On Asking How to Be Married, and Not Whether to Be

Marriage counseling implicitly taught Americans to devalue singlehood

Posted Jul 25, 2010

Yesterday, Rebecca Davis, author of More Perfect Unions, talked about the American quest for bliss in marriage and its checkered past. Today our conversation continues with a question from a reader.

When I wrote previously about marriage education programs and their questionable effectiveness, a reader posted a comment asking what that had to do with the topic of my Psychology Today blog, Living Single. I still haven't responded to that, but since your publicist sent me your book, clearly others have the same idea. How would you answer the question of why someone interested in the place of singles in contemporary society might also be interested in these marriage and relationship education programs?

Rebecca Davis:
This question really gets at the heart of the marriage counseling and education movement: its bedrock assumption that marriage is an essentially benevolent institution. What I argue in my book is how and why that idea-that marriage is the ideal relationship for adults-took root in American culture. Starting in the 1930s, supporters of marriage counseling argued that if a marriage was full of conflict or lacked for love, the fault lay with the two individuals who made up the couple, not with the institution to which they had committed themselves. Counselors had a term for what a successful marriage required: "adjustment." For decades, adjustment theory was the guiding principle of marriage counseling, and it had everything to do with teaching men and women-but women in particular-that marriage required them to "adjust" themselves to their new, gender-specific roles as husband and wife. Of course, various women's rights and free love advocates had been saying that something was wrong with marriage, not simply with the people getting married, since the mid-nineteenth century, but they were more or less ignored or disregarded as kooks and radicals. Ironically, marriage counseling itself, though it had been busy teaching women and men to "adjust" to marriage, contributed to the gradual realization among many mainstream counselors and couples that something was, in fact, wrong with marriage as an institution.

This transformation occurred because American women explained to marriage counselors that adjustment often required an enormous, painful emotional sacrifice on their part. "Adjustment" was a process of a gender conformity: counselors explained to women that in order to be a successful wife, they would need to take up housekeeping and childrearing enthusiastically; men learned that they needed to be reliable providers for their families. The reality for many couples, however, could not have been more different. The case notes I found in the archives document hour after hour of women (who often attended marriage counseling alone-men were not that involved in marriage counseling until the 1970s) describing how their marriages deprived them of happiness, a sense of self, and the opportunity to pursue their vocational or creative aspirations. And counselors did what they were trained to do: they listened. Gradually, they learned. By the 1970s marriage counseling had changed; it had become more about teaching spouses to communicate, empathize, and develop partnerships based on equality, rather than gender-specific role play. I discovered that a major fault line in the culture wars of the 1970s (and since) was between people who believed that traditional gender sacrifices were necessary and even beneficial (a viewpoint espoused by the New Christian Right and on display in bestsellers like The Total Woman, a 1973 book that taught women to that they would improve their marriages-and have a better chance of leading their husbands into a personal relationship with Jesus-if they were submissive, sexually available housewives), and people who considered traditional gender roles to be a dangerous and often unsuccessful basis for a happy marriage.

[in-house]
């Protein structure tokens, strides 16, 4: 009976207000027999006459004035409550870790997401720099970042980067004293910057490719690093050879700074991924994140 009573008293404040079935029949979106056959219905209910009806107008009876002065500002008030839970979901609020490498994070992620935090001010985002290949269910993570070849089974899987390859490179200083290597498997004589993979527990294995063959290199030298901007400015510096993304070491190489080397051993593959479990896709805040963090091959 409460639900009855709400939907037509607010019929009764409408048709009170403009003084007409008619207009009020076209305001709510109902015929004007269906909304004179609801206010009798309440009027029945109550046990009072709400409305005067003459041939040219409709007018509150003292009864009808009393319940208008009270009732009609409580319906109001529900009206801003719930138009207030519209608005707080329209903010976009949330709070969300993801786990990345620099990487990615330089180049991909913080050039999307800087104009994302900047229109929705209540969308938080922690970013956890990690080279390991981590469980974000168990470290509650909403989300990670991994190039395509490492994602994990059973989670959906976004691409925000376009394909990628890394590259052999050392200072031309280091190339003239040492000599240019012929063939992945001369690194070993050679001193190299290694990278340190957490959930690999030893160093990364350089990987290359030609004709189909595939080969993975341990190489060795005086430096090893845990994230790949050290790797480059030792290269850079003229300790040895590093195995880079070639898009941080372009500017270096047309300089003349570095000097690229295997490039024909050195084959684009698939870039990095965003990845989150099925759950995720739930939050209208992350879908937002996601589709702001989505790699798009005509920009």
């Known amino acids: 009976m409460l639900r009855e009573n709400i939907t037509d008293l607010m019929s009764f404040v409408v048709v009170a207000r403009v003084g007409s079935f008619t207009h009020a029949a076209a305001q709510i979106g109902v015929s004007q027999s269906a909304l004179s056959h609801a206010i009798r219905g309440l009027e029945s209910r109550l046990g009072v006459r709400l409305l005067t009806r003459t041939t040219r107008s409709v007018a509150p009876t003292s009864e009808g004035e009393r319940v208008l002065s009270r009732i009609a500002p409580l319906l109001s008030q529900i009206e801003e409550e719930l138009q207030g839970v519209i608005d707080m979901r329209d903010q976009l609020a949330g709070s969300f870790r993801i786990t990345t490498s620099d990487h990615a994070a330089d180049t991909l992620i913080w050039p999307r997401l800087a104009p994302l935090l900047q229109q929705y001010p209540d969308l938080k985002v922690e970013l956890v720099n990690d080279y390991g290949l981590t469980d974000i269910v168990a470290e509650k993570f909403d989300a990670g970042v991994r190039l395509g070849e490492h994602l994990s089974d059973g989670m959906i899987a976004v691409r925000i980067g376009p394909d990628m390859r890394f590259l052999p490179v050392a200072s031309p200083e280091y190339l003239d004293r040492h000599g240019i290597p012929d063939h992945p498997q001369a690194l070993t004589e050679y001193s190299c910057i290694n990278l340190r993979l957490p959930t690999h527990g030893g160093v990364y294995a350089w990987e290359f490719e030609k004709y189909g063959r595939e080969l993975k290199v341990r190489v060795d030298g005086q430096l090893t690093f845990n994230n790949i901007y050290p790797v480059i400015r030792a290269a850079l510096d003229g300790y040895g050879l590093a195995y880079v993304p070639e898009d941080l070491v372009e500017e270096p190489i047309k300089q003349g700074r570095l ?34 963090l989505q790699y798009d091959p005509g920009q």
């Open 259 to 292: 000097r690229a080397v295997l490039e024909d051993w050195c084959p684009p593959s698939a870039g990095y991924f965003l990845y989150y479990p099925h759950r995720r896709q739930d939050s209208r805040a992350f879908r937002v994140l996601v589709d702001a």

Back to question of what this has to do with place of single people in American society: The point I make in the book is that marriage counseling became not simply about fixing the relationships of two married people-or, in the case of premarital counseling and education, about preparing men and women for heterosexual marriage-but about teaching Americans to value marriage as the best, healthiest, and most sexually and spiritually rewarding relationship an adult could have. Instead of simply teaching people to have "healthy" marriages (and we could spend hours parsing the multiple versions of "healthy" that evolved over the decades), marriage counseling taught Americans to define marriage itself as a healthy state of being. The flip side of that lesson, however, was that other forms of adult status-being single or divorced-were implicitly understood to be less desirable.

Thanks again, Rebecca, for this terrific discussion. And thanks for your willingness to answer several more questions in the next two posts.

More about Rebecca L. Davis:
Rebecca's Ph.D. is in American History, from Yale University. She did her postdoc at Princeton University's Center for the Study of Religion. She lives in Swarthmore, PA, and teaches in the history department at the University of Delaware. Read more about her background here and learn more about her book and some of the wonderful reviews it has garnered here.

(The photo of Rebecca Davis was taken by Sabrina Ward Harrison.)

Part 1: The American quest for bliss in marriage has a checkered past

Part 2: this post

Part 3: Money problems have nothing to do with marital problems, and other bad advice from the past

Part 4: If marriage keeps changing, does that mean it has no real essence or value?